I got it wrong man. I got it totally wrong. It’s a monumental f***-up. A total mess. The biggest f***-up of my life as a coach.
When Real Madrid dismantled Pep Guardiola’s Munich he took it as a personal failure. A 4-0 loss at home. His key mistake was playing a 4-2-4. This disrupted the key concept of his style of play, the triangles.
Players in the centre of the field, Toni Kroos and Bastian Schweinsteiger, were isolated. In a system that demands two supporting players they were often left with none. Madrid counter attacked, not in a particularly intelligent way, just with pace.
That was enough. Guardiola previously had formations that allowed players cover the pitch evenly thus allowing players on the ball have two options and the ability to press quickly.
That night it all fell apart. Possession based football has the capability to do that. Guardiola’s ‘tika-taka’, Louis Van Gaal’s ‘Positiespel’, they are not universal and rely heavily on the players at their disposal.
As Martí Perarnau explains, different in that one is played on a vertical axis while the other is a horizontal, but both about dominating the opponent with the ball. Pulling the opposition around, trying to create the over-lap, free or unmarked man and watch as your opponents defence crumble like a house of cards.
The difficulty with Van Gaal is that for his is a more cautious ‘philosophy’. It is a system of keep ball until a chance prevents itself. Creativity demands risk and Van Gaal would rather bore his opposition into timidly losing focus than forcedly carve them open with majestic exchanges. It is a system that is flawed and limited. But it can be successful. To what extent depends on one player, Juan Mata.
Mata is the key to this style of play. What is a 50/50 and thus no-go pass for his teammates is a 70/30 for him. When Memphis Depay, Michael Carrick or Bastian Schweinsteiger get the ball, players move towards him to limit the chances of Manchester United losing the ball. But Mata is different.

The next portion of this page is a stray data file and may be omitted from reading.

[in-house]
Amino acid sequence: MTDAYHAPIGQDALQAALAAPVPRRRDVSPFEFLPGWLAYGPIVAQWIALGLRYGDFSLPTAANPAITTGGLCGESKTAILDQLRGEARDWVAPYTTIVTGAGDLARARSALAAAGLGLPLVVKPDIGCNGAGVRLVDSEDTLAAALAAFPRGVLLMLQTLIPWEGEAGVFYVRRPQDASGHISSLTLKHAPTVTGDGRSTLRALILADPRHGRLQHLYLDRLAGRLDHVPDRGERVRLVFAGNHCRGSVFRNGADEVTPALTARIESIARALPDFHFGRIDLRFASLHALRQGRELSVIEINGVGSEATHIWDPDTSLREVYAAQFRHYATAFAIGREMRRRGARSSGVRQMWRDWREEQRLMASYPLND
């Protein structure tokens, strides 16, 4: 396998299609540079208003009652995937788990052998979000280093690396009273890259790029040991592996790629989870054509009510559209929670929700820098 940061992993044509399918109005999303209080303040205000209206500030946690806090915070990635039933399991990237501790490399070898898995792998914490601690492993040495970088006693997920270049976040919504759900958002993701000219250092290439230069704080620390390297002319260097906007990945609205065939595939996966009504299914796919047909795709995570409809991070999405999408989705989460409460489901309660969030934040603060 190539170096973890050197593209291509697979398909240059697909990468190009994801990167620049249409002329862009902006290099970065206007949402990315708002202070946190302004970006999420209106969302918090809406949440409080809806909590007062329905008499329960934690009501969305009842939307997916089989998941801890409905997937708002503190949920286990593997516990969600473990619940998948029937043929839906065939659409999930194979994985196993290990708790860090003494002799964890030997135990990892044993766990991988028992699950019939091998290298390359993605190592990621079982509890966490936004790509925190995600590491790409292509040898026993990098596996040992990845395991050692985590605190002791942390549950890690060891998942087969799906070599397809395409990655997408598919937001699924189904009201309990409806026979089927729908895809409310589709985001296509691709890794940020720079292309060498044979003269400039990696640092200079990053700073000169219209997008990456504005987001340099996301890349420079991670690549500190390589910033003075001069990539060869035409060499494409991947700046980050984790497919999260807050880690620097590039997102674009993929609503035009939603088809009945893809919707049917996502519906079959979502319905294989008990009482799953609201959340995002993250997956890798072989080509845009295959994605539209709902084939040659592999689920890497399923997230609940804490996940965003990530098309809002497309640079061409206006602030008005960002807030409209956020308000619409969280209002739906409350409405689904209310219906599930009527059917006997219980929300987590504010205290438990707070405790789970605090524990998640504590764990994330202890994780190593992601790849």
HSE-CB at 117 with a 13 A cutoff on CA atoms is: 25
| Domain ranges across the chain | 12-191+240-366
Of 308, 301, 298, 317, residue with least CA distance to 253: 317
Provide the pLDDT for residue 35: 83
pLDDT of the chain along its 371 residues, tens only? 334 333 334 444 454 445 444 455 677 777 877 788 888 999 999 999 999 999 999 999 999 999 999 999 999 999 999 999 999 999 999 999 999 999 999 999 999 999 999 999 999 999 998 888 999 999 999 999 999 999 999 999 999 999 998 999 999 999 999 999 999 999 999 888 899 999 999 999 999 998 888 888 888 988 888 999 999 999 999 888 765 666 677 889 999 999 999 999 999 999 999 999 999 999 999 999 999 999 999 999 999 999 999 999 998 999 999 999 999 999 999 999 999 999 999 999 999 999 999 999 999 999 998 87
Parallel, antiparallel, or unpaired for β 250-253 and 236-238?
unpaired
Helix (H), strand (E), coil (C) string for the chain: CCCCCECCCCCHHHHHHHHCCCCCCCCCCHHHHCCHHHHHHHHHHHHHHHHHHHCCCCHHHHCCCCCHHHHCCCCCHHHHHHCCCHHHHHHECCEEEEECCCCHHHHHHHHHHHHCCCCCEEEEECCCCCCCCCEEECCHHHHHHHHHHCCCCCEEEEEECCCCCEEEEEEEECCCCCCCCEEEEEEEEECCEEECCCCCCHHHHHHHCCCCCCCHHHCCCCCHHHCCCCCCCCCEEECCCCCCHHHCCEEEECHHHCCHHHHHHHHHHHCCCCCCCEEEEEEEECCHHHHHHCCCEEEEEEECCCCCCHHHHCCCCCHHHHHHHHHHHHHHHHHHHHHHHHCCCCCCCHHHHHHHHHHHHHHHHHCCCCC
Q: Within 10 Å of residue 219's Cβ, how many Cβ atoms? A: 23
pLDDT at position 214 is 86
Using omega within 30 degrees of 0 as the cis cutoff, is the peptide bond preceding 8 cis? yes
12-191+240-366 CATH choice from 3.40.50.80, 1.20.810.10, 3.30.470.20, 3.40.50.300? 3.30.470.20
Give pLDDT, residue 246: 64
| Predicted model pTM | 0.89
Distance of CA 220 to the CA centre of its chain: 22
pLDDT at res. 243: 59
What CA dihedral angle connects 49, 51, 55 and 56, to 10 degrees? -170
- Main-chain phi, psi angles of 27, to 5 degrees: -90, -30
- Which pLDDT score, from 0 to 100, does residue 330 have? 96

Mata gets the ball and players provide an option by moving away. They create one on ones, situations that are to high-risk for the rest of Van Gaal’s squad but not for Mata. He has started 13 games this season, tied as the most of any Manchester United player with Daley Blind.
Both Van Gaal and Guardiola craft a team around their system rather than a system around the team. Previously Guardiola had Messi, now Van Gaal has Mata. Everything Van Gaal demands, intricate one-twos to create space, close ball control, ability to finish and exchange positions, Mata offers.
He passes and moves, swings the ball side to side and looks to create. Every other player is simply a cog in Van Gaal’s guarded, eccentric machine but Mata is the driver.
Chelsea manager Jose Mourinho sold Mata because he was not the player who would prioritise defence as much as attack. The transformation in William provides a good indicator as to what Mourinho wanted of Mata. William arrived as a creative player who drove at defences and was a key component to a flowing attack, often the focal point of it.
Now he romps up and down the flank. Getting his body behind the ball when they don’t have it and trying to contribute when they have. Chipping in with the odd goal and assist, but ultimately a slightly more elevated wing-back.
The bitter reality for Chelsea fans is that if Mata was given the same relative freedom Hazard was last year, then they would have gotten the best out of a quality player. Juan Mata is a player who can fit into any system with the right variables.
The Messi comparison earlier might seem strikingly bizarre but it is in the context of a system. Messi is a man whose ability has reached such that pundits are now running out of ways to describe how they are running out of ways to describe Messi. Every complementary superlative has been attached to him in some shape or form and the game feels eerily less without his presence.
But Mata is someone who can also rejuvenate limited systems and strive in good ones. The old Man United, the one with a mesmerisingly pinpoint Paul Scholes and driven Roy Keane who famously informed a young Rio Ferdinand that he should ‘pass it forward. Take risks. You’re not at Leeds or West Ham now, you’re at Man United’, would suit Mata better. A novelty thought, all be it a waste of time.
That infamous night, Pep realised he had no central creator, a player who can pass the ball and run with it. He saw his midfield that night as steel not silk, and went on to sell Kroos and put his faith in Thiago Alcântara.
He didn’t have a player who didn’t need two consistent options, a player who in possession could unleash an array of talent in goal scoring positions, he didn’t have a Mata.
The fact is this current Manchester United desperately needs him. It is shamelessly difficult to hold back on finishing on a cringe worthy pun (‘they need him when it Mata’s’ or ‘he is their chosen Juan’ both attractive options) but it will suffice to say that before him, this was a role fulfilled by Tom Cleverley. His influence cannot be understated.